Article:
9 Month Booster Session/Reunion

Eight out of 40 participants from the intervention group (4 out of 20 from London, 4 out of 20 from Sarnia) attended the booster session/reunion. Participants were asked at the 12 month interview why they could not attend. Reasons participants did not attend included work (n = 5), family commitments (n = 3), too far to travel (n = 4), not aware of the event/what it entailed (n = 2), or other commitments (n = 7). Participants noted this event was held on Super Bowl weekend, during the winter, and only in London making it difficult for some to attend.

The eight who attended enjoyed seeing each other again and found it highly motivating to hear about others’ success, “It’s kind of neat to see the guys, a couple of the guys did really well so it was kind of cool to see, it makes you think that you can actually accomplish something” (PI-2, Site 2). Some of the men found this session/reunion set them back on track with their goals, “It actually brought me back from a couple of weeks of falling off the wagon if you can call it that. Really because of the timing of it, it was towards the middle of winter, it really helped to actually say okay, yea you can still find some ways to do it…” (PI-9, Site 1).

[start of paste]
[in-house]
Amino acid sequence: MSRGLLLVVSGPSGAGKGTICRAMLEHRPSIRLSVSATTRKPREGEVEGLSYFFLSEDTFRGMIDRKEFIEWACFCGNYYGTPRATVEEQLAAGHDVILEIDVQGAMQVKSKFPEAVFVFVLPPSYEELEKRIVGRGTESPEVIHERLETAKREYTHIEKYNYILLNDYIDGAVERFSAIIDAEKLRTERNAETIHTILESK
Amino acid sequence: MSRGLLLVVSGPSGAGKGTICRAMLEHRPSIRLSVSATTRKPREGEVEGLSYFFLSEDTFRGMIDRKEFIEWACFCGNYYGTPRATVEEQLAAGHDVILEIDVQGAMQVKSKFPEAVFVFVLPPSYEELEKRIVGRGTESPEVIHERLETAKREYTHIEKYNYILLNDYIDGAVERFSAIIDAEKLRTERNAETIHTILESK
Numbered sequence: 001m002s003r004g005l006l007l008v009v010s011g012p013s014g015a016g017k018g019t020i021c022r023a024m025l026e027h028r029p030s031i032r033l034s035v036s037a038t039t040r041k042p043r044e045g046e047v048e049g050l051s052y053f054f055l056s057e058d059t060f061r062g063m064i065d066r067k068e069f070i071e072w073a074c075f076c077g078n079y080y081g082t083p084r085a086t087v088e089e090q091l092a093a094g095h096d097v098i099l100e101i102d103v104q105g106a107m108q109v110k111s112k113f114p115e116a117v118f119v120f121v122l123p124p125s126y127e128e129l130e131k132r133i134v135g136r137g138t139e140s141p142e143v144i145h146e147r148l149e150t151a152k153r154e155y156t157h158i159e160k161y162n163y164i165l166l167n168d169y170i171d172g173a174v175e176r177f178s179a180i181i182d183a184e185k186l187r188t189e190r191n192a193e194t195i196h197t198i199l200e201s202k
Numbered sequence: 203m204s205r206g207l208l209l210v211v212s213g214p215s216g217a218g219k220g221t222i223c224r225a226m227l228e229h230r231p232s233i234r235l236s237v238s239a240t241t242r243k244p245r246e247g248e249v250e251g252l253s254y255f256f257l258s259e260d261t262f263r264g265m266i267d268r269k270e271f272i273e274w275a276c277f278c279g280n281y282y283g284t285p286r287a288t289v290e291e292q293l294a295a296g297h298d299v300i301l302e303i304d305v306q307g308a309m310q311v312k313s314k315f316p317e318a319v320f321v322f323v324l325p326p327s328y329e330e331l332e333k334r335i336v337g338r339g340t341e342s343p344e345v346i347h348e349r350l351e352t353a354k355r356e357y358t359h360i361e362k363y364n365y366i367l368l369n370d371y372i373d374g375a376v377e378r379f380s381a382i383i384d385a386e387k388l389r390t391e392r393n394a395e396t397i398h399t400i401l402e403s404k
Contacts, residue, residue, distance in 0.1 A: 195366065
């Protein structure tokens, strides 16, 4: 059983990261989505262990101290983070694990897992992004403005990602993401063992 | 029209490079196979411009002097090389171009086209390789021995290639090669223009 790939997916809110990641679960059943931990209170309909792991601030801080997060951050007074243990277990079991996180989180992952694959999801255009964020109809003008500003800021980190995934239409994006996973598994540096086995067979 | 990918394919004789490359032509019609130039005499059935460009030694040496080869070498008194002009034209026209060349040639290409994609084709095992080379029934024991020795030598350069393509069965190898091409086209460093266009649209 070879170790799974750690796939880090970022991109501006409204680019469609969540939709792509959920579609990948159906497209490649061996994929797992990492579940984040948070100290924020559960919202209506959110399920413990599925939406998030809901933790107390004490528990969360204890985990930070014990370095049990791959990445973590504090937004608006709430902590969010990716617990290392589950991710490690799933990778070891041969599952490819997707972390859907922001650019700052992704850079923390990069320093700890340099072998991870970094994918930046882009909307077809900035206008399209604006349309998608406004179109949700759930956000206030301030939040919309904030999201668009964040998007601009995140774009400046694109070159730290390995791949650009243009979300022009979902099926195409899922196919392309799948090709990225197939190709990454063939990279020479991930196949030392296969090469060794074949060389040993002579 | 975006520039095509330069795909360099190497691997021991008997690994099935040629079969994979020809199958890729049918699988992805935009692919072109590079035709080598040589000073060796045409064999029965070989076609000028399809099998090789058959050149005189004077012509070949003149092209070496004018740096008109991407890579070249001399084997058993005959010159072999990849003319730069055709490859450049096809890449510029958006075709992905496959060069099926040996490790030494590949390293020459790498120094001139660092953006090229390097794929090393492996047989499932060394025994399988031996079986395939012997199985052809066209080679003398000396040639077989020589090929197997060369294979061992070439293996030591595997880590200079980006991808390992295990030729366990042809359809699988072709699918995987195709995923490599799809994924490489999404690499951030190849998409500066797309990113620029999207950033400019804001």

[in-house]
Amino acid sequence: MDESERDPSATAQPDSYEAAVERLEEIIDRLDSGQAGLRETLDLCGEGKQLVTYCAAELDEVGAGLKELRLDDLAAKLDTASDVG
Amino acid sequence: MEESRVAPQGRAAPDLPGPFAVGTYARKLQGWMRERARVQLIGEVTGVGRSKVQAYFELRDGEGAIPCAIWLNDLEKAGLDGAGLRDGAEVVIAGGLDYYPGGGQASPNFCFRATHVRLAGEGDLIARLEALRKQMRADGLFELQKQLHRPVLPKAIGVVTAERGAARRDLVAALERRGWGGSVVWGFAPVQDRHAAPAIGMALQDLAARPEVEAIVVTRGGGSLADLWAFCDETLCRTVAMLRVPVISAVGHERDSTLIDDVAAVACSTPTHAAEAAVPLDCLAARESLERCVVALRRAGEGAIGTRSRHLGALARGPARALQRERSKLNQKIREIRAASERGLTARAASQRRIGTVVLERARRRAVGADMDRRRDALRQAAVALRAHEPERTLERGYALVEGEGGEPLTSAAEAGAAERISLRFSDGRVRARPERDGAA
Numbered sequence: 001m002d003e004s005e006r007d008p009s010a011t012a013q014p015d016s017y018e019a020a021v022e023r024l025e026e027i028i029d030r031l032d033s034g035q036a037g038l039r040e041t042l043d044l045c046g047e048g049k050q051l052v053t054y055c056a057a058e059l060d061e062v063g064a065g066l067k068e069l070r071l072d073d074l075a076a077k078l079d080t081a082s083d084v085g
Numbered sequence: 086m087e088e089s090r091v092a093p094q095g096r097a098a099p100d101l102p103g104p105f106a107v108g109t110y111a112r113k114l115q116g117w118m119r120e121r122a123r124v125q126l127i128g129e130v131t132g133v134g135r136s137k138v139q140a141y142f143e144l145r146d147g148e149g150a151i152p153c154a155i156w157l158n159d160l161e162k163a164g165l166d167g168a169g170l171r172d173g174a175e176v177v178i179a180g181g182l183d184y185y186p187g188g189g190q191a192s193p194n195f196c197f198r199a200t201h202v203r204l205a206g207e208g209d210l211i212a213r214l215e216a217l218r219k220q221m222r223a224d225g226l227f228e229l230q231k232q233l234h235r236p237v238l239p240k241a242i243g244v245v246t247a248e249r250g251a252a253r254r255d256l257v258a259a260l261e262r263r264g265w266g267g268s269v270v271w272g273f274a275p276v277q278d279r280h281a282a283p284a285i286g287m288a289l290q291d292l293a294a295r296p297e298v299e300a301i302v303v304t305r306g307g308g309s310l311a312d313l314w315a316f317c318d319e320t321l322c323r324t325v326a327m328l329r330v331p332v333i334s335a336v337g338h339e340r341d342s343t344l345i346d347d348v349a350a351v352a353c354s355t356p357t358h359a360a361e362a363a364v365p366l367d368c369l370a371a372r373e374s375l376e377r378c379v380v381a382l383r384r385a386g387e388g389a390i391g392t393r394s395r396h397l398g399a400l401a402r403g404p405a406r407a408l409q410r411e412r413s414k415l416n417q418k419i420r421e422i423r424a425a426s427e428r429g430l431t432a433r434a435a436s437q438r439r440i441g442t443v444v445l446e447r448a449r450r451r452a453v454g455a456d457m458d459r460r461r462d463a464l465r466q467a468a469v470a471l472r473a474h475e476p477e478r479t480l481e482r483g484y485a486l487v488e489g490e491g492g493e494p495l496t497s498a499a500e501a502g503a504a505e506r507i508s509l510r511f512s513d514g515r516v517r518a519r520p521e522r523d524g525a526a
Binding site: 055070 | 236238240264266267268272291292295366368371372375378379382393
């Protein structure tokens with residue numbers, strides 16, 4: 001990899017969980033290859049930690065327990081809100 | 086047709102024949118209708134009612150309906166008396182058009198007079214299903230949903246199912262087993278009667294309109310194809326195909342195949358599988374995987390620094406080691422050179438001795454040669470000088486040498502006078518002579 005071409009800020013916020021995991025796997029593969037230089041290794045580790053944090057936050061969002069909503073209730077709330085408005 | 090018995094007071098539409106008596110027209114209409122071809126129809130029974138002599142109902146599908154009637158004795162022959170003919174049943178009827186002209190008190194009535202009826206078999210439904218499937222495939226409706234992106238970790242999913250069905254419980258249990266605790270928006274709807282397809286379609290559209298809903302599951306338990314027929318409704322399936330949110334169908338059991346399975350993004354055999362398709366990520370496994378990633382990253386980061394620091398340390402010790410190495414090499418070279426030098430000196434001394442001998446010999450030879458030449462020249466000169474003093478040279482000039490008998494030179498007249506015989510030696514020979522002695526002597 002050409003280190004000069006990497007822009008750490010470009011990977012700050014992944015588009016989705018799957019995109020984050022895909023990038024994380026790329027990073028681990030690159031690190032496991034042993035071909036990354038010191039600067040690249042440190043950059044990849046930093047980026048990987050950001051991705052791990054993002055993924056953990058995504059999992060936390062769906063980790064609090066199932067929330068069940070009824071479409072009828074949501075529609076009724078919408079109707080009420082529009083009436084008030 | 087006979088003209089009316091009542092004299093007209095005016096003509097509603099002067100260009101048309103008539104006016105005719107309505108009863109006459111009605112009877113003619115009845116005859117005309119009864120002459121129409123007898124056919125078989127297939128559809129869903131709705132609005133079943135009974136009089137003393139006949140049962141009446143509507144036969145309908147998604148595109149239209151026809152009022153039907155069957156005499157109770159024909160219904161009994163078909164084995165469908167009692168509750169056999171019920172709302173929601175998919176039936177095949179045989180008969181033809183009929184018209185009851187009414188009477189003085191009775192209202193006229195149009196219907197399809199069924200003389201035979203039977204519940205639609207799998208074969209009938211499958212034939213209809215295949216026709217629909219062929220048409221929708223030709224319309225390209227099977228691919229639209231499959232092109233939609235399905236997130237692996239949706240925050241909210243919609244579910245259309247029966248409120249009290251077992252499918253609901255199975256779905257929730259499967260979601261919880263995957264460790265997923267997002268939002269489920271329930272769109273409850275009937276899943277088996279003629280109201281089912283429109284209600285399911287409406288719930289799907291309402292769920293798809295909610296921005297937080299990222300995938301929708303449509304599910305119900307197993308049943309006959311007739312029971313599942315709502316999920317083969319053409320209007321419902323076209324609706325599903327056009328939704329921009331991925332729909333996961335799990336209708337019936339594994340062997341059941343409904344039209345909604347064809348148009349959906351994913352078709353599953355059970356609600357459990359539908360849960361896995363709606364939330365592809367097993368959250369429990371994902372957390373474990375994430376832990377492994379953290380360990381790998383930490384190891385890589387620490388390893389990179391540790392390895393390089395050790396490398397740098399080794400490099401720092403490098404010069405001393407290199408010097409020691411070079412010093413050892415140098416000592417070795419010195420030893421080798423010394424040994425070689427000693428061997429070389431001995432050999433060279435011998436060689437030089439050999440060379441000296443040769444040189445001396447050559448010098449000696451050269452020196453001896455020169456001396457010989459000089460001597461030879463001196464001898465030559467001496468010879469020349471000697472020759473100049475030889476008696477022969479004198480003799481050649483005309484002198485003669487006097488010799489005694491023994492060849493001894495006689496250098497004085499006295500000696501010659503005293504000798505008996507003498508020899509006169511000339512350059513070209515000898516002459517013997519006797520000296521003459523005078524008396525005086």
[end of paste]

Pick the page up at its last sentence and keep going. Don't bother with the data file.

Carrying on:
Optimizing Hockey FIT

Based on the interviews with coaches and participants, a number of areas were identified for optimizing the program for future delivery. These items included improving mid-program attendance, coach training, nutrition education, timing, exercise modifications, amount of hockey skills and drills, app usability, the booster session/reunion, and the Hockey FIT social network (See Table 4). Overall, these items were minor and would not require significant changes to the program design.
Table 4

Items for Optimization




Mid-Program Attendance